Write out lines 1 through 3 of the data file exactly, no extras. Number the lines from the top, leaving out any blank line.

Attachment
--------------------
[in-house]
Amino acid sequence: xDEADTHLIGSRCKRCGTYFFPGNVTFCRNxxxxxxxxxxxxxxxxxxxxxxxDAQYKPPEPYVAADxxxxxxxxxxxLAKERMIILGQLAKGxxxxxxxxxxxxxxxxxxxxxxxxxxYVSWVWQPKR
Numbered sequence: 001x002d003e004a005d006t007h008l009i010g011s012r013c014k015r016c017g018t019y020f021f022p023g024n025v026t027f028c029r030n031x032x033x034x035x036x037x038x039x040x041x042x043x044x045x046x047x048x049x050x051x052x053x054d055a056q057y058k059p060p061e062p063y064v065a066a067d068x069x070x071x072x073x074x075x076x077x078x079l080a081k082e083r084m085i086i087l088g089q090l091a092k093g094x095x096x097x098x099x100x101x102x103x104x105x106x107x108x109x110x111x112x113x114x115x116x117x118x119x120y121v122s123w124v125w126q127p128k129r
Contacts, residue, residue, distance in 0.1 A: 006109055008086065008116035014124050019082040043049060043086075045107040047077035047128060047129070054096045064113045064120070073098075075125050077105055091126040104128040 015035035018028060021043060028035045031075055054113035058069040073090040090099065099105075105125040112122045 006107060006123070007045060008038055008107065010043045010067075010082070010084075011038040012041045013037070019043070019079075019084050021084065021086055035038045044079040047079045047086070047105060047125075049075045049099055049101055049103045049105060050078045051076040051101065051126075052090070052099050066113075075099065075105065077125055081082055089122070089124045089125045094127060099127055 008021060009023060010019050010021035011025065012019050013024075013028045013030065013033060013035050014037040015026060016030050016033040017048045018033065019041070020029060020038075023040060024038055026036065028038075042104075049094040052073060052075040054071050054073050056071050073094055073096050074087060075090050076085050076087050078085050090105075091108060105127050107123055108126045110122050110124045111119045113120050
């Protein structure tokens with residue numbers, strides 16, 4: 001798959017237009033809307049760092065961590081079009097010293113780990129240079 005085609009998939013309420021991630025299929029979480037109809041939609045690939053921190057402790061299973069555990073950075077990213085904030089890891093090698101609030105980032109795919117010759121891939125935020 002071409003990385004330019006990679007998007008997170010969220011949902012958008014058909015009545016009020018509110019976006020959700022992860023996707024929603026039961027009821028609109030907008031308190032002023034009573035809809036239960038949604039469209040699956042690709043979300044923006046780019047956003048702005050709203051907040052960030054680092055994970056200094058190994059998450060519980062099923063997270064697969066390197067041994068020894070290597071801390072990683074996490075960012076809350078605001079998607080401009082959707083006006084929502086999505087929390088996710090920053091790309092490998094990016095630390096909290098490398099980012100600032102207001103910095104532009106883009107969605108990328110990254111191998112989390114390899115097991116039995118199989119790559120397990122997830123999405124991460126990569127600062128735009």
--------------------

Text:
[in-house]
Amino acid sequence: xDEADTHLIGSRCKRCGTYFFPGNVTFCRNxxxxxxxxxxxxxxxxxxxxxxxDAQYKPPEPYVAADxxxxxxxxxxxLAKERMIILGQLAKGxxxxxxxxxxxxxxxxxxxxxxxxxxYVSWVWQPKR
Numbered sequence: 001x002d003e004a005d006t007h008l009i010g011s012r013c014k015r016c017g018t019y020f021f022p023g024n025v026t027f028c029r030n031x032x033x034x035x036x037x038x039x040x041x042x043x044x045x046x047x048x049x050x051x052x053x054d055a056q057y058k059p060p061e062p063y064v065a066a067d068x069x070x071x072x073x074x075x076x077x078x079l080a081k082e083r084m085i086i087l088g089q090l091a092k093g094x095x096x097x098x099x100x101x102x103x104x105x106x107x108x109x110x111x112x113x114x115x116x117x118x119x120y121v122s123w124v125w126q127p128k129r